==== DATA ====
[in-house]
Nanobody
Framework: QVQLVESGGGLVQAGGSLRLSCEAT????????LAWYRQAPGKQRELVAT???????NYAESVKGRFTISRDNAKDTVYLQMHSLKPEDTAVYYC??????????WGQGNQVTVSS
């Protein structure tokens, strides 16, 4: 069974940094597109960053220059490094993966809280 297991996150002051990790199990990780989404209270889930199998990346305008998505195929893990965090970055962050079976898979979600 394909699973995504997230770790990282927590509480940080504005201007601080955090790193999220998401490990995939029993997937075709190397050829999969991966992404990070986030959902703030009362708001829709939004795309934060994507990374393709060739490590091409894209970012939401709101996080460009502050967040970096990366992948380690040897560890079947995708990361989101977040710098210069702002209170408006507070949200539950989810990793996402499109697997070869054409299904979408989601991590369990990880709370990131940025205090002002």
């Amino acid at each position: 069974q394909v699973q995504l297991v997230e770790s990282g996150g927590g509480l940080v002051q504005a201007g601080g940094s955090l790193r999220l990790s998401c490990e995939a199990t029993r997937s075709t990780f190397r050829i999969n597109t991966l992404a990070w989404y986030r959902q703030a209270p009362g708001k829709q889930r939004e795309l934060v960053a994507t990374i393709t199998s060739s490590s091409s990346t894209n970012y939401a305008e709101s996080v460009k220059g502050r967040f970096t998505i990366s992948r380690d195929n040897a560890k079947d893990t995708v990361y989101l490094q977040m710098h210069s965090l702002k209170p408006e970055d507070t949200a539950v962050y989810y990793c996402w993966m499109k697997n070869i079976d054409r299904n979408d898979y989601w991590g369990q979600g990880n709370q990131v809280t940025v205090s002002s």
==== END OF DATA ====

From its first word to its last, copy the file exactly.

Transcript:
[in-house]
Nanobody
Framework: QVQLVESGGGLVQAGGSLRLSCEAT????????LAWYRQAPGKQRELVAT???????NYAESVKGRFTISRDNAKDTVYLQMHSLKPEDTAVYYC??????????WGQGNQVTVSS
């Protein structure tokens, strides 16, 4: 069974940094597109960053220059490094993966809280 297991996150002051990790199990990780989404209270889930199998990346305008998505195929893990965090970055962050079976898979979600 394909699973995504997230770790990282927590509480940080504005201007601080955090790193999220998401490990995939029993997937075709190397050829999969991966992404990070986030959902703030009362708001829709939004795309934060994507990374393709060739490590091409894209970012939401709101996080460009502050967040970096990366992948380690040897560890079947995708990361989101977040710098210069702002209170408006507070949200539950989810990793996402499109697997070869054409299904979408989601991590369990990880709370990131940025205090002002």
């Amino acid at each position: 069974q394909v699973q995504l297991v997230e770790s990282g996150g927590g509480l940080v002051q504005a201007g601080g940094s955090l790193r999220l990790s998401c490990e995939a199990t029993r997937s075709t990780f190397r050829i999969n597109t991966l992404a990070w989404y986030r959902q703030a209270p009362g708001k829709q889930r939004e795309l934060v960053a994507t990374i393709t199998s060739s490590s091409s990346t894209n970012y939401a305008e709101s996080v460009k220059g502050r967040f970096t998505i990366s992948r380690d195929n040897a560890k079947d893990t995708v990361y989101l490094q977040m710098h210069s965090l702002k209170p408006e970055d507070t949200a539950v962050y989810y990793c996402w993966m499109k697997n070869i079976d054409r299904n979408d898979y989601w991590g369990q979600g990880n709370q990131v809280t940025v205090s002002s």